Aqueous alkaline electrolyte is used, for example, in the electrochemical cells of nickel-cadmium-cells or nickel-hydrogen and nickel-metal hydride batteries. In this case, both the positive and the negative electrodes consist of thin rollable strips of the active electrode materials. Between the two strips, the separator material consisting of nonwoven fabric of the type mentioned above is inserted and rolled up together with the electrodes. After the rolling-up step, this four-layer structure consists of a positive and a negative electrode and two layers of separator material. The coil thus produced is inserted into a cup-shaped housing of nickel-plated steel sheet, which is then filled with highly concentrated aqueous potassium hydroxide solution. The electrolyte must be absorbed quickly under these circumstances by the nonwoven separator material and the electrolyte must be deposited in the pores of the nonwoven separator material.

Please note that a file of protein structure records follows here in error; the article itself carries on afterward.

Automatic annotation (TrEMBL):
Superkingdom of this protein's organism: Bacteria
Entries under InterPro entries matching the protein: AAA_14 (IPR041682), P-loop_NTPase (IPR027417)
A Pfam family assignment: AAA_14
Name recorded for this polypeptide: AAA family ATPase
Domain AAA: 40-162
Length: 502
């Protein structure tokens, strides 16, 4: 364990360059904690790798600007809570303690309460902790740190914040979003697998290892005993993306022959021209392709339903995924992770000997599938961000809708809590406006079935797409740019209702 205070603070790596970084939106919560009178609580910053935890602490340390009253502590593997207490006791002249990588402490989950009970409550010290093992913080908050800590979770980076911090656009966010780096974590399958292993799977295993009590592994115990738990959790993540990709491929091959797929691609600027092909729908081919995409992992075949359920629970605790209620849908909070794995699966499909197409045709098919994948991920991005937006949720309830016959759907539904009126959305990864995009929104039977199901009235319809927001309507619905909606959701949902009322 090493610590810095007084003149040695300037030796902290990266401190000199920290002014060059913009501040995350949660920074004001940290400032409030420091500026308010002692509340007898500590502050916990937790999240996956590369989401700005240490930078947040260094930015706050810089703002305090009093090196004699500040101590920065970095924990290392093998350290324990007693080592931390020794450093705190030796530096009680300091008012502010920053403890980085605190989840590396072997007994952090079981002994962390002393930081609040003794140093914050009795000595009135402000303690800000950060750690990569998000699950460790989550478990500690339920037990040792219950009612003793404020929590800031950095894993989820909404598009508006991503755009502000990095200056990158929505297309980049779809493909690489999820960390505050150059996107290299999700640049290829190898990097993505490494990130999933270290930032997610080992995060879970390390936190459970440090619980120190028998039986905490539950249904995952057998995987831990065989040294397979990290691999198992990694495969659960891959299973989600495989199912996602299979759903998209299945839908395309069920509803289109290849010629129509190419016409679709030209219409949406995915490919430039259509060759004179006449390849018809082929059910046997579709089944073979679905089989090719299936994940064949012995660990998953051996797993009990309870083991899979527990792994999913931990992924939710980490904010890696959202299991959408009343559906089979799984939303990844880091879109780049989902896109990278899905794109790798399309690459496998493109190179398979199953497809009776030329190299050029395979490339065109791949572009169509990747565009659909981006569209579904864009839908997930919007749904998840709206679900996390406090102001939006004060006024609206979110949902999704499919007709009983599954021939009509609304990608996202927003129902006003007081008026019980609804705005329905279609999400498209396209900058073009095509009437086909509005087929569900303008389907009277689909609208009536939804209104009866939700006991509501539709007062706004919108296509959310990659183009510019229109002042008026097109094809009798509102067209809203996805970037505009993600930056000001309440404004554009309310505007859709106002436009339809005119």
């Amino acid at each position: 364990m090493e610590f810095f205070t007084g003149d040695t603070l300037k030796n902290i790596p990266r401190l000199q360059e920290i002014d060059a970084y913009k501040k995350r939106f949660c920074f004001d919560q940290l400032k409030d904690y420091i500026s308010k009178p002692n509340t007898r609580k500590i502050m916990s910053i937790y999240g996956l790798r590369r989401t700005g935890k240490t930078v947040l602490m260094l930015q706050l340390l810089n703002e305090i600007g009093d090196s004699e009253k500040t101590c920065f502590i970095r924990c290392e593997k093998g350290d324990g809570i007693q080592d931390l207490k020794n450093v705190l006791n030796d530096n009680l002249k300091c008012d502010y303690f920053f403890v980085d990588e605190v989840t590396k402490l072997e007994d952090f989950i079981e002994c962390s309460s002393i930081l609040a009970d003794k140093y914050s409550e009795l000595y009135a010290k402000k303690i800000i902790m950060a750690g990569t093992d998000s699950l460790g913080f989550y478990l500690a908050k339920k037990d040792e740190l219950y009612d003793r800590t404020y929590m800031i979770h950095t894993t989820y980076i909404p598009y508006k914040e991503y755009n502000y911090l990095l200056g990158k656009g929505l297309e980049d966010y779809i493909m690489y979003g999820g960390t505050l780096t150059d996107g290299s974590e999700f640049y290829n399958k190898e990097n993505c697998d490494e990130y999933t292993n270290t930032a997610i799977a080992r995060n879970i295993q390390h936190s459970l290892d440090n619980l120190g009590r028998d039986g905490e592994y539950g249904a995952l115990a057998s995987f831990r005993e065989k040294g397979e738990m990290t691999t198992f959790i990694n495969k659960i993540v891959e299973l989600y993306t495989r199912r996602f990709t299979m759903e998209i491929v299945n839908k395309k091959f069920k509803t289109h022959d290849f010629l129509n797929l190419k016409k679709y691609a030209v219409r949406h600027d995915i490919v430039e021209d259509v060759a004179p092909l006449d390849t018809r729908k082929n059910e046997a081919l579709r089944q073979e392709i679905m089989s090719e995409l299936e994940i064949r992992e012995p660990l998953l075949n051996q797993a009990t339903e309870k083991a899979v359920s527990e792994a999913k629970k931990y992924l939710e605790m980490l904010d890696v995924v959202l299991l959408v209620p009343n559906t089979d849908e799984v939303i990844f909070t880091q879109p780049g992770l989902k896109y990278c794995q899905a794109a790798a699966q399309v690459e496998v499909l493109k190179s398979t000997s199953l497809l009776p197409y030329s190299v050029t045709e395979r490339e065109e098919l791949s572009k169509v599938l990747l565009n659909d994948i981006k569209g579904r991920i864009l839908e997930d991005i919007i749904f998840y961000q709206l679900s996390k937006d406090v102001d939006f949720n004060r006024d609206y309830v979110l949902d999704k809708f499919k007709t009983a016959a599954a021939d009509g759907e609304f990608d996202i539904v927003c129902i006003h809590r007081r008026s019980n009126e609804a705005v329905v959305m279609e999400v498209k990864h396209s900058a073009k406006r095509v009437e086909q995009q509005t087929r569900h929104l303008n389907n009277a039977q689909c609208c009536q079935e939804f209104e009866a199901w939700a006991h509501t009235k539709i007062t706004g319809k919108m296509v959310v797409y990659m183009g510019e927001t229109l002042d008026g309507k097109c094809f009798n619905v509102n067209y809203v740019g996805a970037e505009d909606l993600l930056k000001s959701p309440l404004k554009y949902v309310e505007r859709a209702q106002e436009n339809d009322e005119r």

Unfortunately, polyamide or polyolefin-fiber separator materials are by their very nature hydrophobic and, therefore, by themselves cannot satisfy the important requirement of rapid and good wettability to the extent, as mentioned above, required by the electrolyte. Poor wettability leads to disturbances in the manufacture of the cells, since the electrolyte added cannot be absorbed sufficiently rapidly and, thus, is not sufficiently distributed within the cell. The result is that upon subsequent addition of electrolyte the electrolyte will overflow and soil the production equipment. Also, upon subsequent operation of the battery, gas bubbles will accumulate on and in a separator material having poor wettability, with the gas bubbles thoroughly impeding the passage of ions and, thus, perceptibly reducing the performance of the battery and even blocking it. In the case of gas-tight electrochemical cells, under these circumstances there is also produced an excess pressure that can lead to a bursting of the cell housing. Several tests were carried out to make separator materials of basically hydrophobic nonwoven materials sufficiently hydrophilic for use in an electrochemical cell.